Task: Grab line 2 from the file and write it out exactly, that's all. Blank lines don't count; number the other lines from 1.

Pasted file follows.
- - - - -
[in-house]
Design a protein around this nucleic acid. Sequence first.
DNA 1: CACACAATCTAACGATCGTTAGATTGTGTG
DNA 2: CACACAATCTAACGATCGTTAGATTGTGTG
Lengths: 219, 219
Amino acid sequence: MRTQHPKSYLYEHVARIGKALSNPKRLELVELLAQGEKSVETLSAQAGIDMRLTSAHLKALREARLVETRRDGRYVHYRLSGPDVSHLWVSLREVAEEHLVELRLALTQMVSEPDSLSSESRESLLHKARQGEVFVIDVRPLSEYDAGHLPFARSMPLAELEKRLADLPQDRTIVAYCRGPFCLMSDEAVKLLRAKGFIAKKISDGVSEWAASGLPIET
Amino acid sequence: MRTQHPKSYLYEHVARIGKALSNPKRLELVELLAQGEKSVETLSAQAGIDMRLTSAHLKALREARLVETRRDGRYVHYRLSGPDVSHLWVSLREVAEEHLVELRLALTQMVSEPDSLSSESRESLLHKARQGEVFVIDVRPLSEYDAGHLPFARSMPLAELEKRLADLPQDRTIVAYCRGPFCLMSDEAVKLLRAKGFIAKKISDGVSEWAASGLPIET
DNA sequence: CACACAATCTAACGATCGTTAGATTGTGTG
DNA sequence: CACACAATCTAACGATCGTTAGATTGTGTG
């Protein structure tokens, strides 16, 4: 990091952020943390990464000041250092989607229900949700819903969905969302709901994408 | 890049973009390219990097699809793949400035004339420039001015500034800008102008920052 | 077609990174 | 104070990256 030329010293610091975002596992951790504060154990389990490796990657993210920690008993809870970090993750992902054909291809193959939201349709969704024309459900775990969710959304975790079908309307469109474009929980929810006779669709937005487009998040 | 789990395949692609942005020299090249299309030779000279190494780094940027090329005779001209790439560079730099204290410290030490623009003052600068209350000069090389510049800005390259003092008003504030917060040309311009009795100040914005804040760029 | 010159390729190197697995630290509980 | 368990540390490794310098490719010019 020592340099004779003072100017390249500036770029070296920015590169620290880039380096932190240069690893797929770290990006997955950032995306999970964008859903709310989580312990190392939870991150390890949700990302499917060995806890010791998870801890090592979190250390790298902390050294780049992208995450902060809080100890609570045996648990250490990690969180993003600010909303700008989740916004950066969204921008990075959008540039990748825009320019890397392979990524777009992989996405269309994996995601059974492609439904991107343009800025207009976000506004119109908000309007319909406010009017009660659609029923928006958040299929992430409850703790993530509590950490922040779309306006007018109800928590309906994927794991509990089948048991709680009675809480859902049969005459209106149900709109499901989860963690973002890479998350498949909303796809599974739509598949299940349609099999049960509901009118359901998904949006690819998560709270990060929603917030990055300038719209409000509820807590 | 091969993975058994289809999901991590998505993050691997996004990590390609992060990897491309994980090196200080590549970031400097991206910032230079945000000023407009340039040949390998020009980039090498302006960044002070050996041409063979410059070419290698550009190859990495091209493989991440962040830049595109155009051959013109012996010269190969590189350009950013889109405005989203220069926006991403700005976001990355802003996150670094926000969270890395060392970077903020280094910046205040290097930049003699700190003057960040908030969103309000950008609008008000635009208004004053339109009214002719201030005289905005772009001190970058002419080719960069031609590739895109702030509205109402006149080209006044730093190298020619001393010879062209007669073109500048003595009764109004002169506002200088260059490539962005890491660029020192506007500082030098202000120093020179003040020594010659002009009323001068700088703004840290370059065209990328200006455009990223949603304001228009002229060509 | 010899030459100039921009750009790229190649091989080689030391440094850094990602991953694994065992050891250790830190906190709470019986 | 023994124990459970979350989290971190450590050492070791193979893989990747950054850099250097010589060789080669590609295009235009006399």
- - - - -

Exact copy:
Design a protein around this nucleic acid. Sequence first.